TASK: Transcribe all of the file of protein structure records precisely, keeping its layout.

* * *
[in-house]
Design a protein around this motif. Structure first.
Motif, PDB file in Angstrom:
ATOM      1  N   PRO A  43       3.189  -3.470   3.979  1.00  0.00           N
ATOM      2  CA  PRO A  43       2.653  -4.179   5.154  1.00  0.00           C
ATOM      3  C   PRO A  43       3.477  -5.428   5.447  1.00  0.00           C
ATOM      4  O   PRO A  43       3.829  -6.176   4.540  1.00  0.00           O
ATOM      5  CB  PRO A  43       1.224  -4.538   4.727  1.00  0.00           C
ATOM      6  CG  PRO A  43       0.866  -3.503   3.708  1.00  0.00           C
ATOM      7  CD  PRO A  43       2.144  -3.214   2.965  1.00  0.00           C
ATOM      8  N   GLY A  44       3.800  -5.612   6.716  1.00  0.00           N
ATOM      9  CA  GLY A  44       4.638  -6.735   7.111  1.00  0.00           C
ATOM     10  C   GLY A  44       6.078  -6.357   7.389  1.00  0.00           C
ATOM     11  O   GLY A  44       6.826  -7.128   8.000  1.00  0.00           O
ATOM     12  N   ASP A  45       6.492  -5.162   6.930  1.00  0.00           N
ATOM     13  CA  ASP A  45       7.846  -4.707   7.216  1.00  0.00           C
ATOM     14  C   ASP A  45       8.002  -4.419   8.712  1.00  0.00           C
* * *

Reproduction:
[in-house]
Design a protein around this motif. Structure first.
Motif, PDB file in Angstrom:
ATOM      1  N   PRO A  43       3.189  -3.470   3.979  1.00  0.00           N
ATOM      2  CA  PRO A  43       2.653  -4.179   5.154  1.00  0.00           C
ATOM      3  C   PRO A  43       3.477  -5.428   5.447  1.00  0.00           C
ATOM      4  O   PRO A  43       3.829  -6.176   4.540  1.00  0.00           O
ATOM      5  CB  PRO A  43       1.224  -4.538   4.727  1.00  0.00           C
ATOM      6  CG  PRO A  43       0.866  -3.503   3.708  1.00  0.00           C
ATOM      7  CD  PRO A  43       2.144  -3.214   2.965  1.00  0.00           C
ATOM      8  N   GLY A  44       3.800  -5.612   6.716  1.00  0.00           N
ATOM      9  CA  GLY A  44       4.638  -6.735   7.111  1.00  0.00           C
ATOM     10  C   GLY A  44       6.078  -6.357   7.389  1.00  0.00           C
ATOM     11  O   GLY A  44       6.826  -7.128   8.000  1.00  0.00           O
ATOM     12  N   ASP A  45       6.492  -5.162   6.930  1.00  0.00           N
ATOM     13  CA  ASP A  45       7.846  -4.707   7.216  1.00  0.00           C
ATOM     14  C   ASP A  45       8.002  -4.419   8.712  1.00  0.00           C